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What White Colleges Owe Black Colleges

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THE REVIEW
By Adam Harris
Published in the Chronicle of Higher Education on August 30, 2021

AUGUST 30, 2021

What White Colleges OWE Black Colleges
Private Money Alone Won't Save Black Colleges. What About Money From Primarily White Institutions


America is home to more prestigious colleges than anywhere else in the world. And while it is true, in some respects, that any student can attend any institution, the effect of more than a century of racial caste in higher education has been felt as a wave rather than just a gut punch. It ripples into the present. Black people were shackled at the beginning, and once loosed, were expected to make up stolen ground on their own; Black colleges were, too. A damning picture is the result: Black students and colleges are trying to catch up, but they have been held back for so long.

There are a couple of indicators that can predict when a college might close: It has fewer than one thousand students; it has a small endowment; it is in a rural area; it has difficulty raising money. Dozens of the about 100 HBCUs still operating fall into some if not all of these buckets, including some of those that receive state funds. Black colleges are resilient; they have made their way through more than 150 years of oppression. But they are not invincible.

Each year, there seems to be a new Black college that must prove its viability. In early 2019, that baton fell to a small college in North Carolina.

There are two historically Black women’s colleges in the United States, Spelman College, in Atlanta, and Bennett College, in Greensboro, N.C. In 2016, the Southern Association of Colleges and Schools placed Bennett on probation because it did not have enough money. The technical term for the association’s complaint was a lack of “financial stability.” The private college, which is heavily tuition dependent, had run budget deficits for seven of the prior 11 years, and it was down to a little more than 400 students from a peak enrollment of nearly 800 students in 2009.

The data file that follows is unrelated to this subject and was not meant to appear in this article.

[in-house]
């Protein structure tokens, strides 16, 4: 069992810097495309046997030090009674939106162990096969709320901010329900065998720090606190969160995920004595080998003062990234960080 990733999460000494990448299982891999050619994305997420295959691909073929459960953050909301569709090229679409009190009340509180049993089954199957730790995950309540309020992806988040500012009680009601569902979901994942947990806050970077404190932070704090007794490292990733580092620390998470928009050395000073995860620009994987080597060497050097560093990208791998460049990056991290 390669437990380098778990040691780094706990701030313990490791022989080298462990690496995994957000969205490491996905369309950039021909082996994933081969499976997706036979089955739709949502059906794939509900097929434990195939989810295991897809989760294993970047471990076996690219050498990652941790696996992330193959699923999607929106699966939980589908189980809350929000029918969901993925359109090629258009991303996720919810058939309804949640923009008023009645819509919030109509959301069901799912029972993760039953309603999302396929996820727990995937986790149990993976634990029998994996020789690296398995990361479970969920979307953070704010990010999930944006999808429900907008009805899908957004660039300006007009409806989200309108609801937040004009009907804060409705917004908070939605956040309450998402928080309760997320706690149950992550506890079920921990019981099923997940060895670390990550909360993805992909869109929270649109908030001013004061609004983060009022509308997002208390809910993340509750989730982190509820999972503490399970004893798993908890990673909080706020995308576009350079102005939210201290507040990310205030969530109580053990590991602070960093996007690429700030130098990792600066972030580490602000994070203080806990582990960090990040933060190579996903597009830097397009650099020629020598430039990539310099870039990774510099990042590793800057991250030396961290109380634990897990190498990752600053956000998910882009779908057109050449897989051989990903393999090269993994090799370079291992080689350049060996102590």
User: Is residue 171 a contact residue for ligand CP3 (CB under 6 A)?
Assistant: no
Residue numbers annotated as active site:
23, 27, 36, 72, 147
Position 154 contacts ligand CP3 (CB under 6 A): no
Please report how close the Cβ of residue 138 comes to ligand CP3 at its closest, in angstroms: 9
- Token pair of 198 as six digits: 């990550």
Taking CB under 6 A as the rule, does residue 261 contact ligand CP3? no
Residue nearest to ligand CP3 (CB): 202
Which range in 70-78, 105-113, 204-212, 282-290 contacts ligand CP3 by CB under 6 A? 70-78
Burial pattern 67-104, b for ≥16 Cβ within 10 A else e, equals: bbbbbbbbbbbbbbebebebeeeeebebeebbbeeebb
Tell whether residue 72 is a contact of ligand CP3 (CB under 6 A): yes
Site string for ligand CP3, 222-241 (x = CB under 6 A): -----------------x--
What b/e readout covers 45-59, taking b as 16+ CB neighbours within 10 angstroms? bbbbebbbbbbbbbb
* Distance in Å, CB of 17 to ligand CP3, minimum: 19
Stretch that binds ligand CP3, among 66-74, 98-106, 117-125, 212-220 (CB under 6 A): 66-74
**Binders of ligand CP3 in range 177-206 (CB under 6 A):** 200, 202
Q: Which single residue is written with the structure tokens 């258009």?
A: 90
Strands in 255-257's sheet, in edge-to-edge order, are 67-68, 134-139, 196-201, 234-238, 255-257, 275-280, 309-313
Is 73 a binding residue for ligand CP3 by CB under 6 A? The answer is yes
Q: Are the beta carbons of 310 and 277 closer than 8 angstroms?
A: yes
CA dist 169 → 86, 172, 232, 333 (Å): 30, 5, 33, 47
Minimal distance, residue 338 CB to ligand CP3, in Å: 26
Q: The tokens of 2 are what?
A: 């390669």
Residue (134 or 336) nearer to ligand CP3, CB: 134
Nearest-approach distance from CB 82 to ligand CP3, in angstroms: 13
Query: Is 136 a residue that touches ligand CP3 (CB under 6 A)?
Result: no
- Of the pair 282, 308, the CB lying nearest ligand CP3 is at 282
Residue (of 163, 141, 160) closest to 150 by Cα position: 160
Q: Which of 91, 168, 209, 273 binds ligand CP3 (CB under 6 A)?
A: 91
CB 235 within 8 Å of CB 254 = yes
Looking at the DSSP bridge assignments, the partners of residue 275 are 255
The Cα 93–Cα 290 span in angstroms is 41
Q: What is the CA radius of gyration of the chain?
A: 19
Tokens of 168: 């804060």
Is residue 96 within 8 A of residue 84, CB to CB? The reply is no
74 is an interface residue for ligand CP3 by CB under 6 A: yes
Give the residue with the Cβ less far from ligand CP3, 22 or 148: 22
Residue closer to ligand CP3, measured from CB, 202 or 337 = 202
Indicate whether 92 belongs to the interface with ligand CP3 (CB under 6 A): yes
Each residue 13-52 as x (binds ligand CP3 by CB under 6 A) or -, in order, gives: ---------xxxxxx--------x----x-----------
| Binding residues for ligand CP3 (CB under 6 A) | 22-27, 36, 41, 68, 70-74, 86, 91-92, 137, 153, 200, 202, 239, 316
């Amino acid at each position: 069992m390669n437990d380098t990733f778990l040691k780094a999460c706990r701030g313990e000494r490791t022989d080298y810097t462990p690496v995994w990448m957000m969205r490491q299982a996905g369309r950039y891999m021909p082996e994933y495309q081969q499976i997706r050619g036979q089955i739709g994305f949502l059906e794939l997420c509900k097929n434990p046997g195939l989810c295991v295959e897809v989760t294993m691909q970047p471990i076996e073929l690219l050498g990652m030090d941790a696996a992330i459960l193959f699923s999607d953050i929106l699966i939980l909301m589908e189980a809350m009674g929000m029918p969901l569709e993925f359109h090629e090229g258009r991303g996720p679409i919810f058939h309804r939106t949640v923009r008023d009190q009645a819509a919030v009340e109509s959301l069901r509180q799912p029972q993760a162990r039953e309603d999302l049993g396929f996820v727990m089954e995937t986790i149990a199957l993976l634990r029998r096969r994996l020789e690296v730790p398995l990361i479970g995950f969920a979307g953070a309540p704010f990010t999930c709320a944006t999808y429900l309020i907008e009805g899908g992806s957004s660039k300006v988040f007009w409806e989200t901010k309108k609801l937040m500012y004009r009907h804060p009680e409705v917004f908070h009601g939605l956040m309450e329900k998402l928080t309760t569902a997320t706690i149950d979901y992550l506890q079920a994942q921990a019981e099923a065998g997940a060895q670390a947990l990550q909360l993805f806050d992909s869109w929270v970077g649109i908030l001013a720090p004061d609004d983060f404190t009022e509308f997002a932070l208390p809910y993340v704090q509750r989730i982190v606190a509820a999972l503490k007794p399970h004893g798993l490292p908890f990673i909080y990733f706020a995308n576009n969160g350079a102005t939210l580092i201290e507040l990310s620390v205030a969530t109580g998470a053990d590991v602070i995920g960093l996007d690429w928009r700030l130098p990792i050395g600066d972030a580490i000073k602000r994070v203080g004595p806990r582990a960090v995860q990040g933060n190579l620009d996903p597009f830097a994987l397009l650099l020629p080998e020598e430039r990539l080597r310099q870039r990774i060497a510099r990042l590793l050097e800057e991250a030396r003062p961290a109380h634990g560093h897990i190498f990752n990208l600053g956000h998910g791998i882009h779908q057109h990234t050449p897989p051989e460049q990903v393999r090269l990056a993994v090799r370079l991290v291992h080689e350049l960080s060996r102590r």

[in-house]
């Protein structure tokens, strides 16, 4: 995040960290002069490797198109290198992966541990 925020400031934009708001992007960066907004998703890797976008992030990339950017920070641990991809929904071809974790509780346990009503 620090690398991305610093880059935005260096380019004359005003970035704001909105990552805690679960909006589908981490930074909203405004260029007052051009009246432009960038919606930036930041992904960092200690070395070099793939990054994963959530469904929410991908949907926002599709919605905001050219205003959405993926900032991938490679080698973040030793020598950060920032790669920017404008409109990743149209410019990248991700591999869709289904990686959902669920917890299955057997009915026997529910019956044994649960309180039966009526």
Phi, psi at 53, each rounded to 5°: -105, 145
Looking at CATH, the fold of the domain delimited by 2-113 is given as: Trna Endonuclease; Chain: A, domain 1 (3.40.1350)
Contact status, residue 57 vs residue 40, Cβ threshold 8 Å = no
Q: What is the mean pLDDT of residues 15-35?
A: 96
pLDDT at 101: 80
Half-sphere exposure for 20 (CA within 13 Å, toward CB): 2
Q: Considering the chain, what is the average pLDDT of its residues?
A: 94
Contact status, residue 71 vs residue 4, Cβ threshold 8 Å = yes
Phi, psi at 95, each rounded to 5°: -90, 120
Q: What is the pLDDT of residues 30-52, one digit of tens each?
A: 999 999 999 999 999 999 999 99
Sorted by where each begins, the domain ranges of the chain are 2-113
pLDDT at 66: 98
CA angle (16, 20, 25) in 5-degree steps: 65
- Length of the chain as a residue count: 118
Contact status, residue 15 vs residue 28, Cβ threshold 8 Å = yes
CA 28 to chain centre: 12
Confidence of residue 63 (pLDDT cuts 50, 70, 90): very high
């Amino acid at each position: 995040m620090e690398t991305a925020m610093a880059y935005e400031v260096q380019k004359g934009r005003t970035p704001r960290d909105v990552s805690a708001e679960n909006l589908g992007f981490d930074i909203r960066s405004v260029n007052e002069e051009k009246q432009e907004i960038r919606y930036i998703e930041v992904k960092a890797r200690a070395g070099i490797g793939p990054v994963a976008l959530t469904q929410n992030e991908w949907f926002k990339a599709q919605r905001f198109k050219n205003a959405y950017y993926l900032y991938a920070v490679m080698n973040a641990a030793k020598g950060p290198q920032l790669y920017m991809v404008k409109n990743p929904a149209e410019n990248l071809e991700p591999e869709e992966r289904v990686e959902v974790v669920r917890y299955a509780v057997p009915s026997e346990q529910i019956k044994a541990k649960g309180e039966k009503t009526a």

The college started making changes. It appointed Phyllis Worthy Dawkins as its interim president. It launched a fund-raising campaign, and it began looking for ways to increase its student body.

Bennett remained on probation for two years until, in 2018, SACS decided that it had seen enough. There was nothing the college could do, in its estimation, to right the ship. On December 11, leaders of the association informed Dawkins that they would be revoking the college’s accreditation. The university was caught flat-footed. It had raised $4.2 million in the 2017-18 school year and had increased its enrollment by 26 percent to just under 500 students. It thought it was well on the way to financial stability. “There’s no one way to demonstrate fiscal stability, which is why we thought we were demonstrating fiscal stability,” Dawkins told a local news station.

A loss of accreditation is typically a forecast of closure for a college. After that stamp of approval is lost, an institution is no longer eligible for federal and state financial-aid programs. At HBCUs, where 61 percent of students are eligible for the federal Pell Grant for low-income students, federal funding is paramount. Dawkins had a plan, though. The college appealed the decision and organized an aggressive fund-raising effort. SACS set the appeal date for February 18, and if money was what the accreditor wanted, the college would raise money. In the 50 days before the hearing, they planned to raise $5 million.